"Defining their enterprise as more in the direction of poetics than of prosaics, the Comaroffs free themselves to analyze a vivid series of images and events as objects of analysis. These they mine for clues to the 19th-century contents of the British imagination and of Tswana minds. They are themselves imagining the imagination of others, and they do the job with characteristic aplomb....The first volume creates an appetite for the second."—Sally Falk Moore, American Anthropologist
In the second of a proposed three-volume study, John and Jean Comaroff continue their exploration of colonial evangelism and modernity in South Africa. Moving beyond the opening moments of the encounter between the British Nonconformist missions and the Southern Tswana peoples, Of Revelation and Revolution, Volume II, explores the complex transactions—both epic and ordinary—among the various dramatis personae along this colonial frontier.
The Comaroffs trace many of the major themes of twentieth-century South African history back to these formative encounters. The relationship between the British evangelists and the Southern Tswana engendered complex exchanges of goods, signs, and cultural markers that shaped not only African existence but also bourgeois modernity "back home" in England. We see, in this volume, how the colonial attempt to "civilize" Africa set in motion a dialectical process that refashioned the everyday lives of all those drawn into its purview, creating hybrid cultural forms and potent global forces which persist in the postcolonial age.
This fascinating study shows how the initiatives of the colonial missions collided with local traditions, giving rise to new cultural practices, new patterns of production and consumption, new senses of style and beauty, and new forms of class distinction and ethnicity. As noted by reviewers of the first volume, the Comaroffs have succeeded in providing a model for the study of colonial encounters. By insisting on its dialectical nature, they demonstrate that colonialism can no longer be seen as a one-sided relationship between the conquering and the conquered. It is, rather, a complex system of reciprocal determinations, one whose legacy is very much with us today.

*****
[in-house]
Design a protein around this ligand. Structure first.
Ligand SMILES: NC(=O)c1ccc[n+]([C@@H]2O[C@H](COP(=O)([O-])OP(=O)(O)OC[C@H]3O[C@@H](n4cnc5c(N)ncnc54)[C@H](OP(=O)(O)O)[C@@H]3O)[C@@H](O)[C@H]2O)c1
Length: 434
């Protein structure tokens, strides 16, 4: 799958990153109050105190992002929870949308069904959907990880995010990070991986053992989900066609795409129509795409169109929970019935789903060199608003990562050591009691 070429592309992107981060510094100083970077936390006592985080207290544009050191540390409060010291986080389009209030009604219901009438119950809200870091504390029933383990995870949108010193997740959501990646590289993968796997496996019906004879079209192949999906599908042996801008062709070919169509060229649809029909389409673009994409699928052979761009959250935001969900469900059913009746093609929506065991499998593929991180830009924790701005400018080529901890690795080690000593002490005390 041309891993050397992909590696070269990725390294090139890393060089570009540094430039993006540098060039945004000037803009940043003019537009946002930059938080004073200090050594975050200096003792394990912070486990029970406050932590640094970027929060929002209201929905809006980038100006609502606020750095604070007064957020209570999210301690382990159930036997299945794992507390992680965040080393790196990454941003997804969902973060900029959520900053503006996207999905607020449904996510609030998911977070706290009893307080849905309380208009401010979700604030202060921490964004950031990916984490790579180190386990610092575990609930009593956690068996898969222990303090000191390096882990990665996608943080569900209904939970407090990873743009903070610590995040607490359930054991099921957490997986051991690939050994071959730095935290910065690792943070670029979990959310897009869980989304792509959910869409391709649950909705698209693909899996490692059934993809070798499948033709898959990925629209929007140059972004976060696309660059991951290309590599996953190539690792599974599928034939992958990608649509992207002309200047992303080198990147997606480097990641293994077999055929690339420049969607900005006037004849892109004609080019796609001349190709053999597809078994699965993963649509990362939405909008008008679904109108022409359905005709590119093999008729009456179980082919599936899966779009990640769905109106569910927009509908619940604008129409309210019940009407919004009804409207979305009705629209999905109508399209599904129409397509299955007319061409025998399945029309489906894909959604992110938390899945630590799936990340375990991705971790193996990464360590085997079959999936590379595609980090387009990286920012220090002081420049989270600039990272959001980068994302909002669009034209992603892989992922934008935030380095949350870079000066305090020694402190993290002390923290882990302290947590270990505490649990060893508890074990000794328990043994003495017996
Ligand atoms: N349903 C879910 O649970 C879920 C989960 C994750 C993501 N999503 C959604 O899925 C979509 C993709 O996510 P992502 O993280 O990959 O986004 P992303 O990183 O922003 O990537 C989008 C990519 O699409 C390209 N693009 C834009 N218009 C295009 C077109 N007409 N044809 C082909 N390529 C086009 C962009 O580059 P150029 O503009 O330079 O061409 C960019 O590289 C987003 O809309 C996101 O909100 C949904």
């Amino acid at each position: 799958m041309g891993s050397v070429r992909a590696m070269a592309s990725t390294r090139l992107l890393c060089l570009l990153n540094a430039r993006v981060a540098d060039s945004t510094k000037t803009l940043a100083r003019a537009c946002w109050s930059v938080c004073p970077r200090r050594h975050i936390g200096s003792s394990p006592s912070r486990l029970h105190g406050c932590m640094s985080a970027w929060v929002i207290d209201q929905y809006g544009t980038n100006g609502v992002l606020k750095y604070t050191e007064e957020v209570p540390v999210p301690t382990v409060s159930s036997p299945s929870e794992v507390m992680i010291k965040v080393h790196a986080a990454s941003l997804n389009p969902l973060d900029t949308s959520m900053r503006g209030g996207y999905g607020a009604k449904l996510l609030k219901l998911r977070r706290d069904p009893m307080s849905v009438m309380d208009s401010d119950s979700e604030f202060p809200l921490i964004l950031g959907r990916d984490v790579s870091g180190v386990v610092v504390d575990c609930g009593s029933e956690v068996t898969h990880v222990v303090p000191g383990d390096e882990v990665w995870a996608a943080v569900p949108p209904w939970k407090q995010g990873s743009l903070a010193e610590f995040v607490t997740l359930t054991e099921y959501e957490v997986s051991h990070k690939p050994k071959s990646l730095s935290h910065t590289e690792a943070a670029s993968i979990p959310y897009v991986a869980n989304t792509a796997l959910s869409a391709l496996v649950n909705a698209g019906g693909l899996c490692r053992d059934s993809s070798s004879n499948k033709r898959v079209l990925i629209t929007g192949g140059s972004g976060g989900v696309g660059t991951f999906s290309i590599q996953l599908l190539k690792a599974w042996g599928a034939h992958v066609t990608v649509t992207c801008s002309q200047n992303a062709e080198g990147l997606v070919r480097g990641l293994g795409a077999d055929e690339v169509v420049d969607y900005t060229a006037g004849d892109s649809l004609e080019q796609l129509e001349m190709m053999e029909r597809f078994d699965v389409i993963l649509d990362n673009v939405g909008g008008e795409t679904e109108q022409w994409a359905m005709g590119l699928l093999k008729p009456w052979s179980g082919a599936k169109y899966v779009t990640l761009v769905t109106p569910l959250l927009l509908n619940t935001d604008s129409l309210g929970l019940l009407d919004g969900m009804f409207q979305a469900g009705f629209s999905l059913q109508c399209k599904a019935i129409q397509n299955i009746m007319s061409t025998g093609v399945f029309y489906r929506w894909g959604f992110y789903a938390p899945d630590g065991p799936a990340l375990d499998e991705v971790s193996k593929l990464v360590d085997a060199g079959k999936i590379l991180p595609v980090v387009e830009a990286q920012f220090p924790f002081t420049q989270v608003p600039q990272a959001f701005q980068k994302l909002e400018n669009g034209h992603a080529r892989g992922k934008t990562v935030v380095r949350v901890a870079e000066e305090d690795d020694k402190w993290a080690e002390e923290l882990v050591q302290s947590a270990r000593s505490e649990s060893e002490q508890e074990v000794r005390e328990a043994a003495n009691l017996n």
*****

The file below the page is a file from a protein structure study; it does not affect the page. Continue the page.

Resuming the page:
The Old Regime and the Revolution is Alexis de Tocqueville's great meditation on the origins and meanings of the French Revolution. One of the most profound and influential studies of this pivotal event, it remains a relevant and stimulating discussion of the problem of preserving individual and political freedom in the modern world. Alan Kahan's translation provides a faithful, readable rendering of Tocqueville's last masterpiece, and includes notes and variants which reveal Tocqueville's sources and include excerpts from his drafts and revisions. The introduction by France's most eminent scholars of Tocqueville and the French Revolution, Françoise Mélonio and the late François Furet, provides a brilliant analysis of the work.
With his monumental work The Old Regime and the Revolution, Alexis de Tocqueville (1805-1859)-best known for his classic Democracy in America— envisioned a multivolume philosophic study of the origins of modern France that would examine the implications of French history on the nature and development of democratic society. Volume 1, which covered the eighteenth-century background to the Revolution, was published to great acclaim in 1856. On the continuation of this project, he wrote: "When this Revolution has finished its work, [this volume] will show what that work really was, and what the new society which has come from that violent labor is, what the Revolution has taken away and what it has preserved from that old regime against which it was directed."